Trauma causes people to dissociate (a natural and healthy response to distance their consciousness from the psychological pain and stress) to help preserve their sense of self. Mild dissociation causes a feeling of derealization that make the world seem dreamlike.  Depersonalization can follow after derealization and causes a person to feel like they're watching events happening to them. A more intense experience of it will cause them to feel like they are outside of their body, and more severe dissociation causes amnesia. Active cult members and those who have recently exited a high demand group manifest high degrees of dissociation during psychological assessment, and people who exit cults also find themselves struggling with episodes of lost time and "floating," episodes of feeling "spaced out."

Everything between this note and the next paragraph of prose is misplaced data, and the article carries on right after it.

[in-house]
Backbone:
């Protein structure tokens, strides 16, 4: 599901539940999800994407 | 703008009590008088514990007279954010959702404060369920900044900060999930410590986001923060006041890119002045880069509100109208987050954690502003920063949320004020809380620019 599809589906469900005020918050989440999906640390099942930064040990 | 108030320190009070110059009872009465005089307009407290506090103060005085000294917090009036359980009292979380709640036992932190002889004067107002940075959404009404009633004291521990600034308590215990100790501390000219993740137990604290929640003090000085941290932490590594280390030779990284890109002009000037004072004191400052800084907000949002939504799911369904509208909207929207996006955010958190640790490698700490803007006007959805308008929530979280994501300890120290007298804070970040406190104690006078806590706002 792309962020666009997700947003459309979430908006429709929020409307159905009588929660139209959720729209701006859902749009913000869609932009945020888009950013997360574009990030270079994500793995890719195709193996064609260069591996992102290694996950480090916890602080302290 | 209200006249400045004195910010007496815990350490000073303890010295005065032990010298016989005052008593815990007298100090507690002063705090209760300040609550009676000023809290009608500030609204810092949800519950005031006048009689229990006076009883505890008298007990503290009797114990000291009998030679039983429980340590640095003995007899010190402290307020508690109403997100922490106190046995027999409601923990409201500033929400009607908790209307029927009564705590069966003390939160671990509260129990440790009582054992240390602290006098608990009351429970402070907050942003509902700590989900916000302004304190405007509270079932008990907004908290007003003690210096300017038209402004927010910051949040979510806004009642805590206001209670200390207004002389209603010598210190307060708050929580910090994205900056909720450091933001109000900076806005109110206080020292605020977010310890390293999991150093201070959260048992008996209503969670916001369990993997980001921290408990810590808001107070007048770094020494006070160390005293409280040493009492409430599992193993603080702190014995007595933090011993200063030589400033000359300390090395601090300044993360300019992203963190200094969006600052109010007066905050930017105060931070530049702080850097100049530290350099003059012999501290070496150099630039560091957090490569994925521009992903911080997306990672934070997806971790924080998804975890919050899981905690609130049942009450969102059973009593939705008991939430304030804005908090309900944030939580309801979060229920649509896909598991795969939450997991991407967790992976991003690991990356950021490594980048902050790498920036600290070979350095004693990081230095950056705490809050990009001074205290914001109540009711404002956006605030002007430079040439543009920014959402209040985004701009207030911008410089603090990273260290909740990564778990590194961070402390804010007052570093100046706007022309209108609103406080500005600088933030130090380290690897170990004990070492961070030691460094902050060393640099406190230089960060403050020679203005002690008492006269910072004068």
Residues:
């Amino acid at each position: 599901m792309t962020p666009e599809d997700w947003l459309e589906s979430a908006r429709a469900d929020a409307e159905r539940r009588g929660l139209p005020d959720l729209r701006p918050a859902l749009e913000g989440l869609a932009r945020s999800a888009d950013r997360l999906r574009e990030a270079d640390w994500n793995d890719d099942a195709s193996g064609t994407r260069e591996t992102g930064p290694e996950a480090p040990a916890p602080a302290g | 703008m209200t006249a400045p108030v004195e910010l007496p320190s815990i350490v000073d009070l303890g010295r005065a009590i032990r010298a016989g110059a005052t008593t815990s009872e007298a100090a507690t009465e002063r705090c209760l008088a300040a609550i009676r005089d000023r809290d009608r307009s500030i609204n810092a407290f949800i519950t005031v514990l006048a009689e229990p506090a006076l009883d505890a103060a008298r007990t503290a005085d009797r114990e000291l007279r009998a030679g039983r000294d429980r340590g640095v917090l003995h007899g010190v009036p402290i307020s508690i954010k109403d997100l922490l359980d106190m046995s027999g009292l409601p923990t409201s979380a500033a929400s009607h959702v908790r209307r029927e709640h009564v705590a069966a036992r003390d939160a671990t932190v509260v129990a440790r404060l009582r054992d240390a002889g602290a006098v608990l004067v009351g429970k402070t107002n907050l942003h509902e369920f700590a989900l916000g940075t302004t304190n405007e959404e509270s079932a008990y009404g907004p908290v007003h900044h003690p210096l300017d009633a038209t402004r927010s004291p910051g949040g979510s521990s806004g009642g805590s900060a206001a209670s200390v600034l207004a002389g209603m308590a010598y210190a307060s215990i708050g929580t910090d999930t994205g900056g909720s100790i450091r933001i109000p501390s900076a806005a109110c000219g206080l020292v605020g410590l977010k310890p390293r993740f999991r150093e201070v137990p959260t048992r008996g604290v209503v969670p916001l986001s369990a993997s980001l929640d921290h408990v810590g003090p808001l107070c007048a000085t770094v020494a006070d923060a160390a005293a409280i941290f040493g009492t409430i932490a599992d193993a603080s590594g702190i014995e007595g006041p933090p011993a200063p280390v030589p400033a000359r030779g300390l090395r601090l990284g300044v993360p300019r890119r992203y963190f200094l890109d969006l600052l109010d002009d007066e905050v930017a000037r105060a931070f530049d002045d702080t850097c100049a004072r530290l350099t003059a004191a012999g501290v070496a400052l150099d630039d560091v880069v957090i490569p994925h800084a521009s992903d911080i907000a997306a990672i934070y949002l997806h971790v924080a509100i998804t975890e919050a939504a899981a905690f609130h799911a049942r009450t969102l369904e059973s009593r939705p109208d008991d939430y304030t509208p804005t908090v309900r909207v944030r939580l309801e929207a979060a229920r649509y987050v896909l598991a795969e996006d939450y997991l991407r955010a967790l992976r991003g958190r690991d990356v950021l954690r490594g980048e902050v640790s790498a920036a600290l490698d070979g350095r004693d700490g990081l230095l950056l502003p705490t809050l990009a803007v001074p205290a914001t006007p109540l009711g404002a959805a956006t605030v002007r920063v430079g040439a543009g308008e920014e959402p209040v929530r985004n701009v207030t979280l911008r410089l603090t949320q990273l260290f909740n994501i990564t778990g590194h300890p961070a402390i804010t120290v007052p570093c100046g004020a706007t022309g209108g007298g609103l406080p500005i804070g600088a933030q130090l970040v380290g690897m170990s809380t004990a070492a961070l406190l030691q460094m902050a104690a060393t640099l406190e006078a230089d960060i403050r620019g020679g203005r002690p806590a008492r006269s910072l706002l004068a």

Cults require a person to suppress elements of their personality in order to merge with their group and remain safe from punishment for non-compliance. They must also suppress their emotions and critical thinking to be able to tolerate the problems, pressures, and other witness abuses that they observe or experience. This process of burying one's own sense of self creates a tremendously painful degree of psychological stress, and the thousand yard stare reflects that process.